From Jim Gilliam's blog archives
Why is it so hard to count a vote?

February 4, 2004 8:51 AM

The San Jose Mercury News did an extensive investigation into the potential vote tampering during the recall election I mentioned last October.

For an unknown reason, the computerized tally program [in Alamenda County] had begun to award votes for Lt. Gov. Cruz Bustamante to Burton, a socialist from Southern California. ... Alameda County officials still don't know why the computer program failed on election night. In fact, they only discovered the malfunction because they could compare the paper absentee ballots the software was counting to the computer's tally. The rest of the county's voters cast electronic ballots.

Nor were election workers aware at the time that their touch-screen machines were running unauthorized Diebold software in violation of California law, as a state investigation later discovered.

The fundamental problem? There's no paper trail of votes cast, and the software that counts the votes is a "trade secret" of a private corporation. So there is no way to verify that the software accurately counted the votes. We have to trust the corporation -- which is scary by itself -- but it's completely nutso considering all the problems that have already been identified.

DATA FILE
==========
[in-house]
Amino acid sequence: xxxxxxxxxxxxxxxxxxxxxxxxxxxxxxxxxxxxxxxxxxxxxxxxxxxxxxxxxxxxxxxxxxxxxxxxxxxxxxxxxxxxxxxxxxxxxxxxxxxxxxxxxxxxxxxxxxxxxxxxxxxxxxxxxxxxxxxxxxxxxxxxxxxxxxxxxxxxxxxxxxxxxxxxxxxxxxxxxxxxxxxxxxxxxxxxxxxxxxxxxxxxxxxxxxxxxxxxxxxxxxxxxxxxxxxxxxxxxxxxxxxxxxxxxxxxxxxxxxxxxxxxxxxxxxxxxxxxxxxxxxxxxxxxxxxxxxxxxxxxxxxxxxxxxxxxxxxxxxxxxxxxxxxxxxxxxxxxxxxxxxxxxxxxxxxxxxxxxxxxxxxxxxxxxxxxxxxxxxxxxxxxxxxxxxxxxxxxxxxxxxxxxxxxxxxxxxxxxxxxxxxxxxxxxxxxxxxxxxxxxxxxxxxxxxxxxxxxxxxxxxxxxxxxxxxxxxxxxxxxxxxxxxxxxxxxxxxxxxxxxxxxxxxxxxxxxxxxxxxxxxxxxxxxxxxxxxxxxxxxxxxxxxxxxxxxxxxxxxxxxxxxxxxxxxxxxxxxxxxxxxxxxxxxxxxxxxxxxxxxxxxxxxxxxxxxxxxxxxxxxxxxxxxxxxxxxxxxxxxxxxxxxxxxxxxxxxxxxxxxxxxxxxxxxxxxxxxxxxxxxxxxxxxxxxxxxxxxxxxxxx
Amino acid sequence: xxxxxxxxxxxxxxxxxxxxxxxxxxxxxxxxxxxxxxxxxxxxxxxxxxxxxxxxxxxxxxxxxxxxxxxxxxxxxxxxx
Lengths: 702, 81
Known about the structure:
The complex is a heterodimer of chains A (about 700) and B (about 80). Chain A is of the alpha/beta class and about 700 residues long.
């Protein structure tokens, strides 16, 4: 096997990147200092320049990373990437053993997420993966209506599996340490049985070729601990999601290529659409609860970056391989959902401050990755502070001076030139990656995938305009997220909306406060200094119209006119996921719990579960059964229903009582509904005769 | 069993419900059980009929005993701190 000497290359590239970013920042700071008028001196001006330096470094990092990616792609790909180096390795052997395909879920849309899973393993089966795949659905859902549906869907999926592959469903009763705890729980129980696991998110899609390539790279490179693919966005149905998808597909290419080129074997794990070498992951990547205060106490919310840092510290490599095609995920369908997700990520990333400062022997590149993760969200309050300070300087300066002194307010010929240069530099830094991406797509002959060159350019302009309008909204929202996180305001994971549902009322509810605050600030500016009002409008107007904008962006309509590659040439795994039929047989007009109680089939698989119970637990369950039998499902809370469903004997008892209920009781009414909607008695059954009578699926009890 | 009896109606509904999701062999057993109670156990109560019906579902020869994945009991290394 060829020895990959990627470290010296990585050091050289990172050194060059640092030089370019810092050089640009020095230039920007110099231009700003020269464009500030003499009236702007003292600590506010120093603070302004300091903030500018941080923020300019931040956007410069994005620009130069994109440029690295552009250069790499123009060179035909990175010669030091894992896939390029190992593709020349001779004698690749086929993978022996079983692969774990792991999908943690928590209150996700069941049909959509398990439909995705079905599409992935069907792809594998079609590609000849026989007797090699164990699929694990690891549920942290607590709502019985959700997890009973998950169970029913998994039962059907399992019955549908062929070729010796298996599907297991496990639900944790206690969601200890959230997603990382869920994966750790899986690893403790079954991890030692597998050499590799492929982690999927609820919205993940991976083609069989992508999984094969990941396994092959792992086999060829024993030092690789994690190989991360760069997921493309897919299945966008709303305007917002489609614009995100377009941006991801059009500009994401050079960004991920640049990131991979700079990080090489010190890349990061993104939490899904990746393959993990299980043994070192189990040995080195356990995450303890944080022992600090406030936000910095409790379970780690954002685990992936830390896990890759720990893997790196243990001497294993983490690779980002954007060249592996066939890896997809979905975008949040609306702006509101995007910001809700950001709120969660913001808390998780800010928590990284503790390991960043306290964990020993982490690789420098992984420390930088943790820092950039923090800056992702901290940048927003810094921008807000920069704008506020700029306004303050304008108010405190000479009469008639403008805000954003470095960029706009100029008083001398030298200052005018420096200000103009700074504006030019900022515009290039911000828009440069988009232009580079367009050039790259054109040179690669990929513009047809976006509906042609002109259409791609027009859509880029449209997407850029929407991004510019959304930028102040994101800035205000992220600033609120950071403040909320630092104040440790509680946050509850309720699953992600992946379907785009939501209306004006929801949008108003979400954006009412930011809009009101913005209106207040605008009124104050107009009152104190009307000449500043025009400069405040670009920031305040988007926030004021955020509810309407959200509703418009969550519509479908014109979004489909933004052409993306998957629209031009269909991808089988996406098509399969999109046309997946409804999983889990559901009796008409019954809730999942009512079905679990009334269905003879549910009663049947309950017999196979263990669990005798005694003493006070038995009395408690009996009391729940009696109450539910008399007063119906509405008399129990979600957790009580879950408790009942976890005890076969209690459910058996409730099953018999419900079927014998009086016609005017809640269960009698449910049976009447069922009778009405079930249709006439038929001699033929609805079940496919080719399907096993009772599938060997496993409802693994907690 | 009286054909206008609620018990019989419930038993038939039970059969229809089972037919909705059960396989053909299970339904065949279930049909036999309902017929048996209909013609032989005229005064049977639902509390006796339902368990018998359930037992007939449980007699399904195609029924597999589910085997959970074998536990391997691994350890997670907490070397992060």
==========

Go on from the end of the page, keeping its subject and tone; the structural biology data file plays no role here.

If I was running Diebold, I would be so embarassed of these problems, and so eager to allay concerns about the fact that my product is screwing up elections, that I would provide my source code for independent review immediately. But that hasn't happened. Makes you wonder, huh?

In response to these issues, Secretary of State Kevin Shelley has ordered that all counties use machines that provide paper trails by 2006.

More from the archive in Corruption, Elections, Tech.

Why is it so hard to count a vote? (02.04.2004)

Next Entry: Bush on Meet the Press this Sunday! (02.04.2004)
Previous Entry: Post mini-Tuesday delegate count (02.04.2004)

Jim Gilliam
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